‘Go Back to Morocco’ Macron tells Asylum Seeker

Published November 28th, 2017 - 11:50 GMT
“If you are not in danger, you should go back to your country,” French President Emmanuel Macron told a Moroccan asylum seeker last week (AFP)
“If you are not in danger, you should go back to your country,” French President Emmanuel Macron told a Moroccan asylum seeker last week (AFP)
  • The French president last week told a Moroccan asylum seeker to "go home"
  • He told her he could not help everyone
  • Some have suggested his tone was "shameful"
  • Many others pointed out Morocco is not at war

 

by Rosie Alfatlawi

“If you are not in danger, you should go back to your country,” French President Emmanuel Macron told a Moroccan asylum seeker last week.

“I cannot give French papers to everyone,” he continued. “Otherwise how do I deal with all the people who are already here and who cannot find work?”

When the young woman explained that her mother and father were living in France, Macron responded: “But you can come visit them regularly, if you want.”

“We take our share, but we can not welcome all the misery of the world,” he said quoting former French Prime Minister Michel Rocard in 1989.

The incident, which took place on Nov. 21 as Macron attended a charity event in Paris, has received mixed responses.

There has been criticism from some for what was seen as his harsh response.

"Instead of giving her a chance to prove herself in her studies, abilities, character, he just cuts her off and shuts her up," tweeted @wifidimples. Another tweeter said the French president's words were "shameful."

His direct style received praise, however, from many others in Western Europe where immigration is a contentious issue.

"What’s the problem with what he said? He told her her parents will be taken care of... if there is no more war or whatever where she lives why can’t she go back?" suggested @kgilbey93.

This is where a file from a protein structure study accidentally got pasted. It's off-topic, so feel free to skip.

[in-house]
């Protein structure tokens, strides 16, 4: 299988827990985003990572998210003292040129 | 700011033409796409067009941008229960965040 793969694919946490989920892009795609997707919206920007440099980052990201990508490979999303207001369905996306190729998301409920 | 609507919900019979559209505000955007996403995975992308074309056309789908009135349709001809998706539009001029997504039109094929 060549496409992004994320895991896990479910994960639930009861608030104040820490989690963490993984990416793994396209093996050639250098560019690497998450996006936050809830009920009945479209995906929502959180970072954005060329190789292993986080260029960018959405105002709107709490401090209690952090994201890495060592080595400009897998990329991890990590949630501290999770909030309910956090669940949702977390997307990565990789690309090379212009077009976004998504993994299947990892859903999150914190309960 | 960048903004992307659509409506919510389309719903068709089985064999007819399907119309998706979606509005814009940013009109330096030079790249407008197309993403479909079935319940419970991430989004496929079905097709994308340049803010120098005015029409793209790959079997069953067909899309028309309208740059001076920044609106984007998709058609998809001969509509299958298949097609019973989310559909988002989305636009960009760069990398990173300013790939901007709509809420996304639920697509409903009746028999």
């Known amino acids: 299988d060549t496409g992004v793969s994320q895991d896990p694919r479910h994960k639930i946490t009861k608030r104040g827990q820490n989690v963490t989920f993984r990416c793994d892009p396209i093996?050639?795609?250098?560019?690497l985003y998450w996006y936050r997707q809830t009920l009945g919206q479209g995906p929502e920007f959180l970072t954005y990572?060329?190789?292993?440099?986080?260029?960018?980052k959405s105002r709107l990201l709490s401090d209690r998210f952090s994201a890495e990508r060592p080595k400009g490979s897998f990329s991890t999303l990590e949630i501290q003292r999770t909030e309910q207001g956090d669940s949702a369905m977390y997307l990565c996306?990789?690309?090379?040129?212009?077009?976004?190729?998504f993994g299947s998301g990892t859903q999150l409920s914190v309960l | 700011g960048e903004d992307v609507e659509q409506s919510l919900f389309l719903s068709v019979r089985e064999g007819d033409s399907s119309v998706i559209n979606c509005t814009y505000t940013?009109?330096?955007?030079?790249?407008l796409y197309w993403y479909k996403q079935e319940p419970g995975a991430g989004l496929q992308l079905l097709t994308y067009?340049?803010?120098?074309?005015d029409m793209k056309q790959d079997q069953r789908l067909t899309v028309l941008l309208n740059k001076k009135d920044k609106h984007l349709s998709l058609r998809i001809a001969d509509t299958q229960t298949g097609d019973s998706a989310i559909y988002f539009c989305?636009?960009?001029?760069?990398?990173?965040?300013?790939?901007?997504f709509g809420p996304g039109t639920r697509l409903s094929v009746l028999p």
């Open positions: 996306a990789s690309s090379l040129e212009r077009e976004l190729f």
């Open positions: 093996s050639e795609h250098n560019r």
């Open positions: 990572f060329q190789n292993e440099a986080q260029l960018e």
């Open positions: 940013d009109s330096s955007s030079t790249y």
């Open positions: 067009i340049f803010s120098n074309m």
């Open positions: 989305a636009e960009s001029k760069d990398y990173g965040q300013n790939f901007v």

Others speculated that the encounter was designed to appeal to the right in France. Centrist Macron beat Marine Le Pen of far-right Front National to the presidency in May.

One tweet read: “well done, a phrase Le Pen could have uttered.”

Certainly, the sole member of French parliament for minor right-wing party Debout la France, Nicolas Dupont-Aignan criticized Macron for not going far enough.

“In France 80% of those whose asylum claims have been denied remain on French soil. Macron does nothing about it,” he tweeted.

 

 

 

But Macron’s approach here is not new.

It had previously been noted that the French President has drawn the line between asylum seekers and “economic migrants” who “come from safe countries and follow economic migration routes, feeding ferrymen, organised crime and sometimes terrorism.”

This approach has been criticized for failing to recognize the difficulties involved for an individual in proving that he or she requires asylum.

“Factors for migration are multidimensional, we can’t put them easily in the box ‘economic’ or the box ‘asylum’. It’s too simplistic, it cannot really work,” Maryse Tripier, professor in sociology of immigration at Université Paris Diderot told the New Statesman in August.

While hailed by many as a liberal, Macron’s immigration policies have faced criticism from French rights groups.

Christine Lazerges, president of the National Consultative Commission on Human Rights (CNCDH), said in October: “The CHCDH is sounding alarm bells because we believe that the government’s current immigration policy is fuelling xenophobic sentiment in France and eroding people’s trust in democracy.”

France, which was the colonial power in Morocco, Tunisia and Algeria, is home to large numbers of individuals of North African descent. They have historically faced issues with social segregation and racist attitudes.

While Macron firmly positioned himself last week as an ally of francophile Lebanon after he hosted then resigned Prime Minister Saad Hariri, his comments seem to show less warmth towards other colonial ties in MENA.


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